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Sometimes that even happens from teammates on the same team.  B3 goes up for a shot at the free throw line.  A2 and A3 are under the basketball ready for a rebound, as well as B1.  A2 and A3 are caught staring at each other thinking that the other was going to get the easy defensive rebound.  Instead B1 easily puts the shot back for the easy rebound and 2 points.  In our instance of that play, all 3 Officials may have a good look at that goal-tend, but all 3 Officials thought one of the other 2 were going to make the call.  Either way, our crew screwed up.

After a game like this, you can only imagine what may be going through your head an official.  Did we fail as a crew?  What could we have done differently?  And if the game ended really bad, you know you’ll still hear about it later on down the road.  Some of us take some time to get over a game ending with that type of intensity.  Then there are some that might even lose sleep for a week or two.  Let’s talk about some ways to help deal with the aftermath of a tough game.

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Game Film

In the NBA the crew has the capabilities to review film immediately after the game.  At the collegiate level and below, you may not get those opportunities.  When you get those opportunities to review film that should be first on your list.  Look at your positioning.  One of the key moments of missing a call is being in the wrong position.  Whether its position along the baseline/sideline or depth into the court.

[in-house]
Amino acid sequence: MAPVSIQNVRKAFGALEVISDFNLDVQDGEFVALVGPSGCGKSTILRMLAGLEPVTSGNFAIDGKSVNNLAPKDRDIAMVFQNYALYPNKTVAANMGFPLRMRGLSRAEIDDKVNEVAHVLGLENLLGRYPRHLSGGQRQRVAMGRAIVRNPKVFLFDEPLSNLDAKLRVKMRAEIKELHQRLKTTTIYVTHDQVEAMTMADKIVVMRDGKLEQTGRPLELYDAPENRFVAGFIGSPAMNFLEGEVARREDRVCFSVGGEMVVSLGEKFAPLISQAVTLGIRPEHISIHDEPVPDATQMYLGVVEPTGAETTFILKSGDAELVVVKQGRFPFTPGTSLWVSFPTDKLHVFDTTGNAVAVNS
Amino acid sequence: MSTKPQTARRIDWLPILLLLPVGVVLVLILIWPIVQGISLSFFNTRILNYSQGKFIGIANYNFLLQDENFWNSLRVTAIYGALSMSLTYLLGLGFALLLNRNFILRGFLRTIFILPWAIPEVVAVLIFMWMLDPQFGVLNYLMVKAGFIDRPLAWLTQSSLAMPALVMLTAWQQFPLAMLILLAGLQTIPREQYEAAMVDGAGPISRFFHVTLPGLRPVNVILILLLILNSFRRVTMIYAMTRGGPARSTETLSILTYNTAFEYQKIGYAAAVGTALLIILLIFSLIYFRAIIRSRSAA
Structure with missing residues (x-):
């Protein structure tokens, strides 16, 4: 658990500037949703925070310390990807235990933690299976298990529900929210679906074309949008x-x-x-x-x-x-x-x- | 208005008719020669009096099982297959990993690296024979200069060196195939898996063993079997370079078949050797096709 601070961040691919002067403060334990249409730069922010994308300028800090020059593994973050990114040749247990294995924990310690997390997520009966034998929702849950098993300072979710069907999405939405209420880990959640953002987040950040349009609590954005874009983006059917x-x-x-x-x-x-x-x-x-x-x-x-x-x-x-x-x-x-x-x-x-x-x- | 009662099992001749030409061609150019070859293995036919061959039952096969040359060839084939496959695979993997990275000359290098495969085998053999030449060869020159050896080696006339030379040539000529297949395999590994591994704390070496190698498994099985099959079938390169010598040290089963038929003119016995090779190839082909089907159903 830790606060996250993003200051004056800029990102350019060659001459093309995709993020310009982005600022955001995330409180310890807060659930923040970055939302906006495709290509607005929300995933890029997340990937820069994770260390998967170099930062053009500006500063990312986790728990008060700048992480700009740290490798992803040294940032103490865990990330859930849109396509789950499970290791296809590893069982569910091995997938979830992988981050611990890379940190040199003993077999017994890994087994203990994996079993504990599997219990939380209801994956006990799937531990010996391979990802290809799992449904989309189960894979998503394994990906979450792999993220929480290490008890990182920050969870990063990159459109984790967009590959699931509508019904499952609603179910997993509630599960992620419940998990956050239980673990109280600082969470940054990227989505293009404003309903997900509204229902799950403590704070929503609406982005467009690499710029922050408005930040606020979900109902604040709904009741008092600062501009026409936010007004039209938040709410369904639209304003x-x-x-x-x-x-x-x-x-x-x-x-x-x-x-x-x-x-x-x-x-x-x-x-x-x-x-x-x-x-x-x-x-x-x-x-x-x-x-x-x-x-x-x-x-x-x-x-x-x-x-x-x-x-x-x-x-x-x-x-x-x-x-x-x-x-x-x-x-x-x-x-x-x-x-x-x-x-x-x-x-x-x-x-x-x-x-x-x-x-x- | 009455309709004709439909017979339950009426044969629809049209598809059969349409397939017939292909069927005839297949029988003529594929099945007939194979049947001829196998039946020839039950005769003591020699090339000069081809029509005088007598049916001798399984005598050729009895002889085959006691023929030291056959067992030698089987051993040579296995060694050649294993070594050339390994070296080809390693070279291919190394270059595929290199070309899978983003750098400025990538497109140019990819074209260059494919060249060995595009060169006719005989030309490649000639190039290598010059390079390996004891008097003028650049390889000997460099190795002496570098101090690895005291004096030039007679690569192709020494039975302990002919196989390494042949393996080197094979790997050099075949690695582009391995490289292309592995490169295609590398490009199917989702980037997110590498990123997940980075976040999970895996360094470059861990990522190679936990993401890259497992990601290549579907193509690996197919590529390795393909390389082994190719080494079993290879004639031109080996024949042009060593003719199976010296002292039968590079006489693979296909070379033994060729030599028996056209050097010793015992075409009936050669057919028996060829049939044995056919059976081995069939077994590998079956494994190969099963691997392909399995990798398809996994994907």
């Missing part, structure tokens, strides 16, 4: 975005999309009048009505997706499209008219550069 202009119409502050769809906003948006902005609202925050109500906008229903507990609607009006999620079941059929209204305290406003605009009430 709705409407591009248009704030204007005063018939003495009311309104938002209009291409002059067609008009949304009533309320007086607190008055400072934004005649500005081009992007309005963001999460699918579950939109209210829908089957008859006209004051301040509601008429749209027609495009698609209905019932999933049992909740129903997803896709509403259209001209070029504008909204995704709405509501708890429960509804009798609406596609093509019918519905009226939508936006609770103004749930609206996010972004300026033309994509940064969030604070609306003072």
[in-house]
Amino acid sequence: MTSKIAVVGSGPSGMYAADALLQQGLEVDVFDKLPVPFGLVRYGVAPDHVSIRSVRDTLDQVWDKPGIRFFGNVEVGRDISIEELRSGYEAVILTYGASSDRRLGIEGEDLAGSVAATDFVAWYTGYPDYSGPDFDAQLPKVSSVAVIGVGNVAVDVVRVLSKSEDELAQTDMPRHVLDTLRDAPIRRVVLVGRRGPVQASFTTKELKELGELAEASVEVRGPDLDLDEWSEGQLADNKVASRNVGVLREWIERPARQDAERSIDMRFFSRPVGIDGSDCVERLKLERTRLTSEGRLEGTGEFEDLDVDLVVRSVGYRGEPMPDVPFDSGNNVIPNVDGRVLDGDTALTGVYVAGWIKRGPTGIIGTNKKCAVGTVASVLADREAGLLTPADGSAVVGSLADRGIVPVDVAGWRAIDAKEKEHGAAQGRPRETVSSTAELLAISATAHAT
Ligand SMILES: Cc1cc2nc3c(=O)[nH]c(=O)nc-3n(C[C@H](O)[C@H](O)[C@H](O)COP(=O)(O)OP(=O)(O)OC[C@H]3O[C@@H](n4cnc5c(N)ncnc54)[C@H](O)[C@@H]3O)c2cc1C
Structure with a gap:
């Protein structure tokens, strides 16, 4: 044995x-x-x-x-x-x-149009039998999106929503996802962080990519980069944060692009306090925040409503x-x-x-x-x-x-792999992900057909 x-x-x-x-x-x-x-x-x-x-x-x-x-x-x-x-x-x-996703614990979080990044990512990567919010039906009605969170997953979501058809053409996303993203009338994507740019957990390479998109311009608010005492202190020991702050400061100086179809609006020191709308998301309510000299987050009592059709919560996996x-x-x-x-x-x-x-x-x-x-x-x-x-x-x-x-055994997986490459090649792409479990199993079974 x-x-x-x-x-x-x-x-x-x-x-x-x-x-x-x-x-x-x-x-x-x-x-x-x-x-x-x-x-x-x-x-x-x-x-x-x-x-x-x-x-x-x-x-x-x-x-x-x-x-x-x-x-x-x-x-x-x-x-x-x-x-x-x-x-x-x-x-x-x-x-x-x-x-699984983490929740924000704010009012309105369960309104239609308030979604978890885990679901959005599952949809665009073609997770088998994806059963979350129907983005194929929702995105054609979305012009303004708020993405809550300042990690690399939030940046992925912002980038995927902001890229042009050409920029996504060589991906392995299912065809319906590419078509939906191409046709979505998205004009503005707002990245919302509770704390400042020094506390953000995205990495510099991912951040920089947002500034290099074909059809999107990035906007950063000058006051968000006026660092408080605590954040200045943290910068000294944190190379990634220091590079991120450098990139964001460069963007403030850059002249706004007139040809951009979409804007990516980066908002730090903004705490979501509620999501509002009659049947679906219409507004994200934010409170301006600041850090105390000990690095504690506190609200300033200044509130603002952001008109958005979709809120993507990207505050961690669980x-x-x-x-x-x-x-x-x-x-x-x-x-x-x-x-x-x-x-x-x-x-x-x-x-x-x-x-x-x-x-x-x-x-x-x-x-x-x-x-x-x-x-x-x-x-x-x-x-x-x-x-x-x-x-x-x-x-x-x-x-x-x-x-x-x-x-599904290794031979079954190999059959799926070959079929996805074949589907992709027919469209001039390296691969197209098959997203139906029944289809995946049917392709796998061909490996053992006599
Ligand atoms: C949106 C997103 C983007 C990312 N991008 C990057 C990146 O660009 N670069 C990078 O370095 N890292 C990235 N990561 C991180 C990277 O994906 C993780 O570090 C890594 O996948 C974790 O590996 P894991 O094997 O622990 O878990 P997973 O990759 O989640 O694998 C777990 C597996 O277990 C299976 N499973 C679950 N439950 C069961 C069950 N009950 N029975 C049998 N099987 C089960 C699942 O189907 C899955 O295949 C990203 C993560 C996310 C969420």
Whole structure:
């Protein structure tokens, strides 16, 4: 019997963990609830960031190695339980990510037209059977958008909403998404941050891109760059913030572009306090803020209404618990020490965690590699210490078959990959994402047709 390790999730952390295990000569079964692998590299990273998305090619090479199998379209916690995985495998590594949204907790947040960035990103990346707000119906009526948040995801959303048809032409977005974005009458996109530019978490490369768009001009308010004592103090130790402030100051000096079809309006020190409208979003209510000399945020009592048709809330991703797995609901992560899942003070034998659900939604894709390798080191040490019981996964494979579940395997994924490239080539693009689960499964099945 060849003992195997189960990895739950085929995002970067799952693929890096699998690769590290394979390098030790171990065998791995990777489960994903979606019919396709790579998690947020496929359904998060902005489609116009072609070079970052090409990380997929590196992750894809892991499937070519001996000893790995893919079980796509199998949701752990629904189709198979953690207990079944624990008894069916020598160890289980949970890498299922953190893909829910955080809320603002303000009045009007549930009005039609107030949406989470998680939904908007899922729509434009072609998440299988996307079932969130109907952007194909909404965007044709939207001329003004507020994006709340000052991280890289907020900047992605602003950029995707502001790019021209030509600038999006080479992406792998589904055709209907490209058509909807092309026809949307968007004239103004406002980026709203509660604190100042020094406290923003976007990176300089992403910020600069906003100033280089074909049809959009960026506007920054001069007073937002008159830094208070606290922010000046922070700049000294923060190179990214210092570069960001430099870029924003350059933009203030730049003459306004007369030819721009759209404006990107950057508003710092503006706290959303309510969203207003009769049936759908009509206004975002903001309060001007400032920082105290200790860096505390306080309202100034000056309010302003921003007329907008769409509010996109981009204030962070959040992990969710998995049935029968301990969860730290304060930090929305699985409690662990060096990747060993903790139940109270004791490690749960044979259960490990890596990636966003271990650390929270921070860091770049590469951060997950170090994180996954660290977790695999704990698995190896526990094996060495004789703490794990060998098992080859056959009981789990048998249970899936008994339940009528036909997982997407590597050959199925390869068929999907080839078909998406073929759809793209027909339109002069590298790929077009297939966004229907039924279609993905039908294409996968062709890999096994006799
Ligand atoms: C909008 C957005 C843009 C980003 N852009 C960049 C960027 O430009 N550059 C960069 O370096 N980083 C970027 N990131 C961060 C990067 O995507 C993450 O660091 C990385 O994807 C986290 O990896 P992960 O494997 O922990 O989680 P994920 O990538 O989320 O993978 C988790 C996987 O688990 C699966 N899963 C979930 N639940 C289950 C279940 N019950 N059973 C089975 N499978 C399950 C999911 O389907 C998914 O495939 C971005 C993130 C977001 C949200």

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Workout

Working out relieves pressure and stress.  Whether your favorite workout is yoga, weight or cardio, a good routine is always recommended 2 to 3 hours per day.  This keeps your stamina up as when intensity rises during the game, your concentration is trained to stay on tact till the end of the game. fit-young-african-american-woman-working-out-with-royalty-free-image-1568749516.jpg 

 

Good Meal

As Officials, we work hard.  From the moment the first whistle to start the tip all the way till the final whistle which ended the game, we have put every effort and energy into the game.  On the nights that things get out of hand are the nights which we have worked the hardest.  Having a good meal will reward yourself of actually managing yourself through a tough game. 

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Consulting with another Official

One of the best remedies to getting over a tough game is to get it off your chest.  Consult with another Official about the play.  After that, move on!  Keep in mind, as an Official, it is never a good idea to talk about your game through social media.  As an Official to the game your duties are not only limited to being on the court, but also off the court.  Although the jurisdiction of your job is limited within the confines of the game, your life off the court will hinder your reputation as an Official.  Social media is never our friend. 

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I’m pretty sure you all have some different strategies that you use to get over a tough game.  Or if you have a comment about the game, please share it with our family.